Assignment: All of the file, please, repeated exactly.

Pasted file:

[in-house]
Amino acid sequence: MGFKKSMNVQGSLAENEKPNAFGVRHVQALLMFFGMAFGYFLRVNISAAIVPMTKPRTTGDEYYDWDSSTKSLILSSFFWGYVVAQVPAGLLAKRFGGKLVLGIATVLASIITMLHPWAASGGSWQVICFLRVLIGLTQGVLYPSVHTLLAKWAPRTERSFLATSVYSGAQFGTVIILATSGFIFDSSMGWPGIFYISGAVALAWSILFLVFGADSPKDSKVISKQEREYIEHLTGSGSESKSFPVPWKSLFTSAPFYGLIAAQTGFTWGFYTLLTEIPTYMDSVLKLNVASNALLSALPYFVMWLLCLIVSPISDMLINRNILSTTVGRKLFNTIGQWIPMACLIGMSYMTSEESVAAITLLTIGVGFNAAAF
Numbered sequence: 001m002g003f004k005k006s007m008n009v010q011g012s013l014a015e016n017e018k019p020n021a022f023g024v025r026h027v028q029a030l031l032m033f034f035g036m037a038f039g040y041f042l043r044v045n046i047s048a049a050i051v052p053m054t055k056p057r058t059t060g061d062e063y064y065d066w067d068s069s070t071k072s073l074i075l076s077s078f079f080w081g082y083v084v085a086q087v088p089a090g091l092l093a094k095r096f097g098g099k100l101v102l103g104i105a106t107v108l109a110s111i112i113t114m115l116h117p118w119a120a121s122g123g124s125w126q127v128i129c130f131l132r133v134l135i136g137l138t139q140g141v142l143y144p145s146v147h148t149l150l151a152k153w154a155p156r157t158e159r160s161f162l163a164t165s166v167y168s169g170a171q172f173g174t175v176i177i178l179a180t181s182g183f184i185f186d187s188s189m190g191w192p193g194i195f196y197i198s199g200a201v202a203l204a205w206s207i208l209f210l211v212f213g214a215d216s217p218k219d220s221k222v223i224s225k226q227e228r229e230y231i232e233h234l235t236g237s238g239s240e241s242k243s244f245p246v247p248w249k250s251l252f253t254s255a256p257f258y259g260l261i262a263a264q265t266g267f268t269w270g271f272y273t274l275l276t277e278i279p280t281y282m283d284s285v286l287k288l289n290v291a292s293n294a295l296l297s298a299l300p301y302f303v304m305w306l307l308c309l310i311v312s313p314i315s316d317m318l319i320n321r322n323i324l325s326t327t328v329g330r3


[in-house]
Amino acid sequence: MGFKKSMNVQGSLAENEKPNAFGVRHVQALLMFFGMAFGYFLRVNISAAIVPMTKPRTTGDEYYDWDSSTKSLILSSFFWGYVVAQVPAGLLAKRFGGKLVLGIATVLASIITMLHPWAASGGSWQVICFLRVLIGLTQGVLYPSVHTLLAKWAPRTERSFLATSVYSGAQFGTVIILATSGFIFDSSMGWPGIFYISGAVALAWSILFLVFGADSPKDSKVISKQEREYIEHLTGSGSESKSFPVPWKSLFTSAPFYGLIAAQTGFTWGFYTLLTEIPTYMDSVLKLNVASNALLSALPYFVMWLLCLIVSPISDMLINRNILSTTVGRKLFNTIGQWIPMACLIGMSYMTSEESVAAITLLTIGVGFNAAAF
Numbered sequence: 001m002g003f004k005k006s007m008n009v010q011g012s013l014a015e016n017e018k019p020n021a022f023g024v025r026h027v028q029a030l031l032m033f034f035g036m037a038f039g040y041f042l043r044v045n046i047s048a049a050i051v052p053m054t055k056p057r058t059t060g061d062e063y064y065d066w067d068s069s070t071k072s073l074i075l076s077s078f079f080w081g082y083v084v085a086q087v088p089a090g091l092l093a094k095r096f097g098g099k100l101v102l103g104i105a106t107v108l109a110s111i112i113t114m115l116h117p118w119a120a121s122g123g124s125w126q127v128i129c130f131l132r133v134l135i136g137l138t139q140g141v142l143y144p145s146v147h148t149l150l151a152k153w154a155p156r157t158e159r160s161f162l163a164t165s166v167y168s169g170a171q172f173g174t175v176i177i178l179a180t181s182g183f184i185f186d187s188s189m190g191w192p193g194i195f196y197i198s199g200a201v202a203l204a205w206s207i208l209f210l211v212f213g214a215d216s217p218k219d220s221k222v223i224s225k226q227e228r229e230y231i232e233h234l235t236g237s238g239s240e241s242k243s244f245p246v247p248w249k250s251l252f253t254s255a256p257f258y259g260l261i262a263a264q265t266g267f268t269w270g271f272y273t274l275l276t277e278i279p280t281y282m283d284s285v286l287k288l289n290v291a292s293n294a295l296l297s298a299l300p301y302f303v304m305w306l307l308c309l310i311v312s313p314i315s316d317m318l319i320n321r322n323i324l325s326t327t328v329g330r3